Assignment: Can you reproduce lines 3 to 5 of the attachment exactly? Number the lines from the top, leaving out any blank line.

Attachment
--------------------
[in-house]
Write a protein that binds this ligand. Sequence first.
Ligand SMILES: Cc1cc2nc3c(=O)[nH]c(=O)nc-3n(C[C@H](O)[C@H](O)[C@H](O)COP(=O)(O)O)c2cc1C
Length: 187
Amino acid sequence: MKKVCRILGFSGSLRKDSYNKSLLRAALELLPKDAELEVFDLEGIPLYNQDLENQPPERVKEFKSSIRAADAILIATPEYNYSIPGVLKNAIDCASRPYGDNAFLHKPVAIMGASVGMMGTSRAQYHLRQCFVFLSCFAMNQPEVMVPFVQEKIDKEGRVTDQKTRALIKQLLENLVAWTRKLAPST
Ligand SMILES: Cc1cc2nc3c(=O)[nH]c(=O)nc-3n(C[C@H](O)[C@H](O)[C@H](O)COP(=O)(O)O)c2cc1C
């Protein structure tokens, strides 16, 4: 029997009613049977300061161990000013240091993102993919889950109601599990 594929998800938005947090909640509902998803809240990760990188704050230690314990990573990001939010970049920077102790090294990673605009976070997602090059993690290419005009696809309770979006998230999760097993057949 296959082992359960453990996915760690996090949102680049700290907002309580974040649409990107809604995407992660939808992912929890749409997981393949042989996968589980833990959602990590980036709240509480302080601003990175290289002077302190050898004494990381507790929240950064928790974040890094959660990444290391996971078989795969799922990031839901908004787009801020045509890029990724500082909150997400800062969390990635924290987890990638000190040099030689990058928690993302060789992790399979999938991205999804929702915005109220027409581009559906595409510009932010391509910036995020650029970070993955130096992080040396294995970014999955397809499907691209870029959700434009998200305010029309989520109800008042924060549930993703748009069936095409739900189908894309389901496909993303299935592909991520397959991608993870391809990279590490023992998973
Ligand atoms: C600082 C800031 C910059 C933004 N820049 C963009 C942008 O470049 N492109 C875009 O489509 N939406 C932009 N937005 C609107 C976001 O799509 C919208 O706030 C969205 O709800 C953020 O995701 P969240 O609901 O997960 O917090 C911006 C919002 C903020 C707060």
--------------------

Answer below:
Ligand SMILES: Cc1cc2nc3c(=O)[nH]c(=O)nc-3n(C[C@H](O)[C@H](O)[C@H](O)COP(=O)(O)O)c2cc1C
Length: 187
Amino acid sequence: MKKVCRILGFSGSLRKDSYNKSLLRAALELLPKDAELEVFDLEGIPLYNQDLENQPPERVKEFKSSIRAADAILIATPEYNYSIPGVLKNAIDCASRPYGDNAFLHKPVAIMGASVGMMGTSRAQYHLRQCFVFLSCFAMNQPEVMVPFVQEKIDKEGRVTDQKTRALIKQLLENLVAWTRKLAPST